Here, I actually struck gold. Growing up with a globetrotting family comprising a Chinese-American dad, a Taiwanese mom in early childhood, and a Korean mom in my teens – not to mention a coastal college town teeming with expats (and even a small but influential French consulate near my house!) – had bequeathed upon me (1) a passable knack for foreign languages, and (2) a deep-seated interest in cross-cultural communications. This paired quite conveniently with my literary inclination toward postcolonialism and diaspora narratives. When the summer between junior and senior years of undergrad rolled around, and my parents were like, "yo, you need a job," I wrangled myself a summer gig at the State Department, plus for good measure, a bunch of applications to graduate programs in international relations and area studies.


Now, here in my freshly grown-up twenties, I'm a geopolitical analyst, and proud to report that I have not yet starved under a bridge! Instead, I get paid to write a lot of pedantic translations and monographs and war gaming analysis. I also get paid – albeit much, much more modestly – to write a lot of fanciful fiction. Like most writers, my grown-up career is a bit of a balancing act. Shockingly, the adult world is generally more inclined to provide a steady paycheck and benefits for pedantic translations and monographs than for my made-up stories about robot dragons and space privateers, so I'm not throwing away that day job any time soon.

Would I, if I could? That's a complicated question. To my mind, the root of both good writing and good analysis stem from the same sort of inclination toward speculative thought – i.e. the skill you cultivate in plotting fictional worlds is not entirely unlike the one you use to extrapolate how real life global actors might think or move. A working knowledge of international affairs has almost certainly informed my overarching approach to making art, by the same token that writing for fun (and occasional profit) has probably, in some bizarre way, shaped my brain into a more bankable analytic mind. I'm sure other arty types with brainy day jobs (lawyers and journalists and yes, scientists all come immediately to mind!) have similar thoughts on how their work informs their storytelling, and vice versa.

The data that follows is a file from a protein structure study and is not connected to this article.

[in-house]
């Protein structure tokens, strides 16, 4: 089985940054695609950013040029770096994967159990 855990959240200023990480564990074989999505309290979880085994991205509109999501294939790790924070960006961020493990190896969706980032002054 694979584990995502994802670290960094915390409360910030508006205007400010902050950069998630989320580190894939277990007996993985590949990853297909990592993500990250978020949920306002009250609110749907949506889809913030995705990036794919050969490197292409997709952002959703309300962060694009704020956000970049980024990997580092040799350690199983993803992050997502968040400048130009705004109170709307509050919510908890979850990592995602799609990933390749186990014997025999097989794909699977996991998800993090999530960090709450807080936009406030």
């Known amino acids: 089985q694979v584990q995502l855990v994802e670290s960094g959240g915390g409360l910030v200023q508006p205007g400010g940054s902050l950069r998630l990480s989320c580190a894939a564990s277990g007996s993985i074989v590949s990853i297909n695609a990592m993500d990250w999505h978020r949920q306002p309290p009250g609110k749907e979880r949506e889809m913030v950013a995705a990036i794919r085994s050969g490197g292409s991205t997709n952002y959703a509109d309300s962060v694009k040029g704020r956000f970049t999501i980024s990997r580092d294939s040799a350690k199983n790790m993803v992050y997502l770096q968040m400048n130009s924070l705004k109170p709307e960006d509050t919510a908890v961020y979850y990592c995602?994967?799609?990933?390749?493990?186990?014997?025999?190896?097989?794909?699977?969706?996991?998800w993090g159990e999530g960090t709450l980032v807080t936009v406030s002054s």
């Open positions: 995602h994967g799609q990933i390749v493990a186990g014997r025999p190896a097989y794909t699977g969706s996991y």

But, in an effort to be more publicly emotionally honest, I'm not going to pretend the balancing act doesn't stretch me painfully thin sometimes. I'm penning a YA sci-fi query when I could be drafting an extra paper for a defense conference, or I'm staying late at the office to get through a tough translation when I could be getting a head start on short story edits. It's an exchange I'm mostly happy to make for the benefits I reap on both ends, but the fear of double-whammy failure is a constant, low key buzz in the back of my mind: striving to be enough for both ends of my double life, but never enough for either. This is especially legit when I’m simultaneously drowning in my day job’s research deadlines and weathering rejection after rejection on story submissions, which is unfortunately, an unavoidable reality of both gigs.